The updated diagram was eventually published in a paper in the Proceedings of the National Academy of Science, with the new analysis appearing alongside the 2001 version for comparison. One can immediately see how the assessment of the RFCs has become more serious, with high risks appearing at lower levels of temperature rise. The diagram can be (and has been) critiqued for offering global mean temperature as the chief variable determining the impacts of future changes. Of course, temperature increases will likely vary a lot across space, and people's experiences of weather and climate - dangerous or otherwise - are shaped by a lot more than temperature. However, in 2009 the diagram began to be used to articulate arguments about the 2-degrees temperature rise target (see below), with some claiming the diagram shows the target is too high, while others suggested the diagram highlights the target as a pragmatic policy choice. The meaning of the imposition of a 2-degrees guardrail over the embers' fuzzy colour transitions is very much in the eye of the beholder.
(A historical note: the 2-degrees target and the embers diagram arguably share a common ancestry in the form of a 'traffic lights' diagram of global temperature rise prepared by Dutch scientists in the late 1980s).

From Climate Change: Global Risks, Challenges and Decisions, (c) University of Copenhagen

Purple haze

Which brings me to the IPCC's latest analysis. The trend of a descending red mist has continued, although this time an ominous shade of purple has been added to the colour palette, to indicate "very high risk". The purple is most prominent in the 'unique and threatened systems' column, with the report citing threats pertaining to Arctic sea ice, coral reefs, glaciers and species extinction as the chief concerns at temperatures beyond 2-degrees (for full explanations for the colour transitions, see page 37-46 in the Emergent Risks and Key Vulnerabilities chapter).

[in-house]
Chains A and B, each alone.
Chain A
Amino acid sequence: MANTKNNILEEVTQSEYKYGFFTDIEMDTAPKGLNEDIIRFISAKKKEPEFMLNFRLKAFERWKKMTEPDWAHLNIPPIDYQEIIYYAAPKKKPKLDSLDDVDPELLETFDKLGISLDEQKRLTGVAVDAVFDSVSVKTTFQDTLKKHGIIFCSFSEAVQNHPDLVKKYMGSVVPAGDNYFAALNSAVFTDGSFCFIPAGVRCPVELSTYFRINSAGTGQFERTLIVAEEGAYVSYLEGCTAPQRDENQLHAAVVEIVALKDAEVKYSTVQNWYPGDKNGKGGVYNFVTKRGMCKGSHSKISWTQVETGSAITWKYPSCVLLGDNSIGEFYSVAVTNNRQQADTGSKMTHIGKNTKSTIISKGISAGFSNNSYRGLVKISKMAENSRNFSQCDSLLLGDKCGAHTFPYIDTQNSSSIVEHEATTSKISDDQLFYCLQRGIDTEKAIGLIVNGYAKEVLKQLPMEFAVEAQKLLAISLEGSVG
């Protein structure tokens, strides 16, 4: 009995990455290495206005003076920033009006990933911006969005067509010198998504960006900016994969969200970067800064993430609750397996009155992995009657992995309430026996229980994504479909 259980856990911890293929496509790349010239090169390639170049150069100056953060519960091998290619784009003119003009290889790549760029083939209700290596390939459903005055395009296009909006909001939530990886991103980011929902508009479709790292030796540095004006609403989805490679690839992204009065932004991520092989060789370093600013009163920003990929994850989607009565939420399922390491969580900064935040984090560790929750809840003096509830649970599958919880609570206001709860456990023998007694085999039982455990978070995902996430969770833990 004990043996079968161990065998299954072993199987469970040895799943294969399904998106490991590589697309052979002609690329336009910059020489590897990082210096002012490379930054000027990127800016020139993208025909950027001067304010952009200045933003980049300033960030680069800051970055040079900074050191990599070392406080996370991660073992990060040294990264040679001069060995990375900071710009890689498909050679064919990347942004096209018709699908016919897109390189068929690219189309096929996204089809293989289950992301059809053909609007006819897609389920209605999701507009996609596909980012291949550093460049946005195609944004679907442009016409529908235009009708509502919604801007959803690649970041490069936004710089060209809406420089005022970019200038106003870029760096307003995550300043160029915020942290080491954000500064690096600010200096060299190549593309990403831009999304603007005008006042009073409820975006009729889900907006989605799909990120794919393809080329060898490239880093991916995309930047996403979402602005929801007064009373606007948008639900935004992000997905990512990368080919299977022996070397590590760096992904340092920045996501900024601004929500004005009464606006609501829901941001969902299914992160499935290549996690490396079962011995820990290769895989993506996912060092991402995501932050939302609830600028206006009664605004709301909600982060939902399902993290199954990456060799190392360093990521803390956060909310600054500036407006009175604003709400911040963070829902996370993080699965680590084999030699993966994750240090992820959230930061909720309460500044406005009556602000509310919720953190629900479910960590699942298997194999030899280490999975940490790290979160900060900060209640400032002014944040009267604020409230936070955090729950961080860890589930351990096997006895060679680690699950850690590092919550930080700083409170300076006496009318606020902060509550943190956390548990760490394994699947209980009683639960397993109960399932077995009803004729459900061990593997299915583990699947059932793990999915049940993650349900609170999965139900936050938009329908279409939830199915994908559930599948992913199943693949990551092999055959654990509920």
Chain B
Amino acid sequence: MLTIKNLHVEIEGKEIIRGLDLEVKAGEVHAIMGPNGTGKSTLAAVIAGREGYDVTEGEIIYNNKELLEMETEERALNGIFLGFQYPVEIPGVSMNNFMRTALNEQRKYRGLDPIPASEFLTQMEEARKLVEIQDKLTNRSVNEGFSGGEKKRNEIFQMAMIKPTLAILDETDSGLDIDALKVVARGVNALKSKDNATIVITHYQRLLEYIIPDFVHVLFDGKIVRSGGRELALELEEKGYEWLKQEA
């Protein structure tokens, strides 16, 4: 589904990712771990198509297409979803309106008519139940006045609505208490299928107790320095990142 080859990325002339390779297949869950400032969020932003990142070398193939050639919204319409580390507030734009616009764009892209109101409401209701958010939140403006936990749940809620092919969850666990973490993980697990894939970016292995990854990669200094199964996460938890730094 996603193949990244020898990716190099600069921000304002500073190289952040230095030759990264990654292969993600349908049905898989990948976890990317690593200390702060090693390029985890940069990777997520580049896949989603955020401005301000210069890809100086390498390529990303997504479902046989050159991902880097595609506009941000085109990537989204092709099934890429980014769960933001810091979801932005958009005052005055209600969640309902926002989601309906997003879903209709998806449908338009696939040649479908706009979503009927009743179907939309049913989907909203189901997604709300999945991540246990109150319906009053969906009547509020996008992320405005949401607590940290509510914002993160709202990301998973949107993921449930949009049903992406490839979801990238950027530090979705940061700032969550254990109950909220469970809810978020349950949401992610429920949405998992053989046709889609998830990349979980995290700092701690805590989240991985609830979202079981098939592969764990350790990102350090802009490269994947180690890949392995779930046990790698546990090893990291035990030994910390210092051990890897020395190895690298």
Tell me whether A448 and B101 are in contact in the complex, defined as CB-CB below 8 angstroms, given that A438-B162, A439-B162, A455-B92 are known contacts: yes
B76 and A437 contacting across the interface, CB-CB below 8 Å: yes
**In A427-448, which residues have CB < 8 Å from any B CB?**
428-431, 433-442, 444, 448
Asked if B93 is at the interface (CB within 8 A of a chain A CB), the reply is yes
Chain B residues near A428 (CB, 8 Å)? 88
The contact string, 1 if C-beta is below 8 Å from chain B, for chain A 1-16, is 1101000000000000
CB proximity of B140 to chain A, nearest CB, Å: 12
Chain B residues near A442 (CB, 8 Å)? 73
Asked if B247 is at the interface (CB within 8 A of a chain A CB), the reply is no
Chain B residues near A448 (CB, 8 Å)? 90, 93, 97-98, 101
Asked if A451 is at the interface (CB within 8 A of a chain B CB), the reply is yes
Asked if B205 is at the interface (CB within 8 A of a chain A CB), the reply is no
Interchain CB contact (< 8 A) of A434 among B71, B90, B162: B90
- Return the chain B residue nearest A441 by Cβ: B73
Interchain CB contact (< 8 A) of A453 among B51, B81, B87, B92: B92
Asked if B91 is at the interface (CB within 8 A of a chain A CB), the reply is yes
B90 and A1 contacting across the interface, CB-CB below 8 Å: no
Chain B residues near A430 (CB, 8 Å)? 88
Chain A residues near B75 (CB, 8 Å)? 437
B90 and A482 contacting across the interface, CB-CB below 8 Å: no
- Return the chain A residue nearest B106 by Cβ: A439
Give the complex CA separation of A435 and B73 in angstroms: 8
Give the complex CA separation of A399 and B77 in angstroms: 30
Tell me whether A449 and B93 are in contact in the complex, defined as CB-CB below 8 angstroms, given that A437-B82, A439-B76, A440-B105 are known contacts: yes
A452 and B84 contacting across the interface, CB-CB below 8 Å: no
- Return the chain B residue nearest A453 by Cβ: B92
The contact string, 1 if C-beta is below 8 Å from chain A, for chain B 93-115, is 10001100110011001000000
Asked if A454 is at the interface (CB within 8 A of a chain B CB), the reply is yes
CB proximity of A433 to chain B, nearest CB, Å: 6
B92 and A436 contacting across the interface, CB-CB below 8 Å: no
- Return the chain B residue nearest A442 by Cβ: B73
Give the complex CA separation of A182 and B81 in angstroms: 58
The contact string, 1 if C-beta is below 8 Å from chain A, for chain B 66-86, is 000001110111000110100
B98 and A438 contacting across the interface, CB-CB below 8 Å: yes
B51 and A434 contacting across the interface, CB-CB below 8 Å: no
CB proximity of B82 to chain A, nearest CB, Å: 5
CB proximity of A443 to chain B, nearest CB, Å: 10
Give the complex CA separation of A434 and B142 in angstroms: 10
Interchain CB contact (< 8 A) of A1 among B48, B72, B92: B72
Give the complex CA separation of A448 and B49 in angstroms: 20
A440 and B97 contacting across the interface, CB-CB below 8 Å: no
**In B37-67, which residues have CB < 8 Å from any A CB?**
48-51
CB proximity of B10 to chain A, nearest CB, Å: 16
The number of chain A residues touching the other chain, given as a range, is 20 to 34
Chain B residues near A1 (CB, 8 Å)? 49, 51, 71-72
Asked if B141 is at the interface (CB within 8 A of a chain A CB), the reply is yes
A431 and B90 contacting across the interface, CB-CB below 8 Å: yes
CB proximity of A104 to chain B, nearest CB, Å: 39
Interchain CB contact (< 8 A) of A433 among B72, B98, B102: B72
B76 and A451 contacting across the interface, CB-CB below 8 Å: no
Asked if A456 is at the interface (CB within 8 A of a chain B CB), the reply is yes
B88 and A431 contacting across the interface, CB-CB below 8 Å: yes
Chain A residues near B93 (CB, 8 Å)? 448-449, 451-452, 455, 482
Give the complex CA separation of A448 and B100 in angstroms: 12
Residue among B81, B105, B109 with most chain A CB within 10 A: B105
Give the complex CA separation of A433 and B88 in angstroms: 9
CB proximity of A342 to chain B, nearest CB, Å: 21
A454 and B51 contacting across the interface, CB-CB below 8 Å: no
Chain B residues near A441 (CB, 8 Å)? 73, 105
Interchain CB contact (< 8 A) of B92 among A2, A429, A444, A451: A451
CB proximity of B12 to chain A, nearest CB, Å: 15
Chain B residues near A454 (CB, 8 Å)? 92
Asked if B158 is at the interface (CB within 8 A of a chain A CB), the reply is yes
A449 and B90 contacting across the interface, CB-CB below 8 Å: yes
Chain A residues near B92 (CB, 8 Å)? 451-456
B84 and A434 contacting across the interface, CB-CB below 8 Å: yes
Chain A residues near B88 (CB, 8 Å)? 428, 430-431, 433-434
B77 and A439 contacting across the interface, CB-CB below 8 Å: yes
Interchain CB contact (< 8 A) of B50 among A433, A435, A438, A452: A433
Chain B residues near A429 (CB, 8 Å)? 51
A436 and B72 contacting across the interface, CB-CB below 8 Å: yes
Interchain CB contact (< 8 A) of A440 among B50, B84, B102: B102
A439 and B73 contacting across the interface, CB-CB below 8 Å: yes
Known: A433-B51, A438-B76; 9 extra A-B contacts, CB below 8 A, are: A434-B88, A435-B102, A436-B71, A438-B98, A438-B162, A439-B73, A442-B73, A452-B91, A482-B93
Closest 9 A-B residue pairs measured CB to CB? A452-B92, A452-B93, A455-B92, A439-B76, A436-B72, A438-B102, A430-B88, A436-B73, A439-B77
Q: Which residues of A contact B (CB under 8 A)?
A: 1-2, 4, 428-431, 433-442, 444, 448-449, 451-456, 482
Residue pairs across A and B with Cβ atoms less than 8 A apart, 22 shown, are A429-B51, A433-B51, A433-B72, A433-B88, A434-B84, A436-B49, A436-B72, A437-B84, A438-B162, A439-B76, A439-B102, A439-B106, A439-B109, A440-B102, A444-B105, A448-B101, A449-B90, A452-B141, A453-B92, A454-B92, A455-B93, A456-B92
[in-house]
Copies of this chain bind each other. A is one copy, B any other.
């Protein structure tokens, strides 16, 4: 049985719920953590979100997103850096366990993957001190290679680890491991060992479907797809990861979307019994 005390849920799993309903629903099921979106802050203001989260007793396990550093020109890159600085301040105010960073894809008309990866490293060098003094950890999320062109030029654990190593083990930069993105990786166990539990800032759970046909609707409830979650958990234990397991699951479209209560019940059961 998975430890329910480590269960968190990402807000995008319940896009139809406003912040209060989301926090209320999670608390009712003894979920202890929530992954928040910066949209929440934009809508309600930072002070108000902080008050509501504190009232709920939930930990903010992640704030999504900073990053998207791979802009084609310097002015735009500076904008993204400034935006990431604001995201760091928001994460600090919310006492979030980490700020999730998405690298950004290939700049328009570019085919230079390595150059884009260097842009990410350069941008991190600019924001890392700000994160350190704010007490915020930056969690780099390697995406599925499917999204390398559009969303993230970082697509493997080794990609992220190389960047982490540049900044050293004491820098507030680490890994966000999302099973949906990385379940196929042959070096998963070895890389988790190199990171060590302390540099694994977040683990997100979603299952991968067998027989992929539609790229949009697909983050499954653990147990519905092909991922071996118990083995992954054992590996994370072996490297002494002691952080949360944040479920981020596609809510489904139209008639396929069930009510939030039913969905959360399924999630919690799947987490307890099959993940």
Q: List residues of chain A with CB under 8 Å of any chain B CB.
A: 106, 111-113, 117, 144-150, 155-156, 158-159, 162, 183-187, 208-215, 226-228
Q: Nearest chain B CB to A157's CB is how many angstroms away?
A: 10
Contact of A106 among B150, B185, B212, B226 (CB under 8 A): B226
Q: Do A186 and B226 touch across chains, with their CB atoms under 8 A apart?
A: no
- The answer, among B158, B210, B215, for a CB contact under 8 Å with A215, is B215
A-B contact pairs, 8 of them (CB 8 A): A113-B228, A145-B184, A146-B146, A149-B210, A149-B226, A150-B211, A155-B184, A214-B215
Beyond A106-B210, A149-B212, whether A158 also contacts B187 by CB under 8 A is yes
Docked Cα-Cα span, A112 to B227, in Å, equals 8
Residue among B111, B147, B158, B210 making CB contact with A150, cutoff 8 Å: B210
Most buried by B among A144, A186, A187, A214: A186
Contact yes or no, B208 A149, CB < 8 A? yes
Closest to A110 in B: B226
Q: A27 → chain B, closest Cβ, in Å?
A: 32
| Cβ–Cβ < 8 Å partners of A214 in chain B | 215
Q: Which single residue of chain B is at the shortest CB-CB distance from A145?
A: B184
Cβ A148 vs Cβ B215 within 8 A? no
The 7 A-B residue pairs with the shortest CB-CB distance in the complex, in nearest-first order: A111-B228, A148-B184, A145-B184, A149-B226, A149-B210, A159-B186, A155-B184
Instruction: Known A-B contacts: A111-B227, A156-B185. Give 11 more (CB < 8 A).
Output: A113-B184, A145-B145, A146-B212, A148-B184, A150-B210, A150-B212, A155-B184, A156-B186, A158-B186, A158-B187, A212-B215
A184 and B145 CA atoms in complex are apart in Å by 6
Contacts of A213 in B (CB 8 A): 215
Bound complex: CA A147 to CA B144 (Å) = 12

The appearance of purple on the chart is reminiscent of the maps made by Australian meteorologists during last year's heat wave, when they simply ran out of colours to symbolise the high temperatures. For Damien Carrington in the Guardian, this was "a sign of things to come". The burning embers diagram is a fascinating set of signs and symbols for things to come, and its history raises challenging questions about not just the effective communication of risk, but also about the role of expert judgement and the boundaries between objective and subjective assessment - questions which the IPCC has had to perpetually negotiate. Such questions appear to have been live at the plenary session where the report summary was approved by governments. Much negotiation appears to have revolved around the inclusion of certain temperature thresholds on the diagram, corresponding to policy targets like limiting warming to 1.5- or 2-degrees. In the end, as the diagram grew cluttered with opposing policy preferences, the UK Government "proposed removing all dotted lines so as to appear scientifically neutral"(see the IISD report of the meeting here in PDF).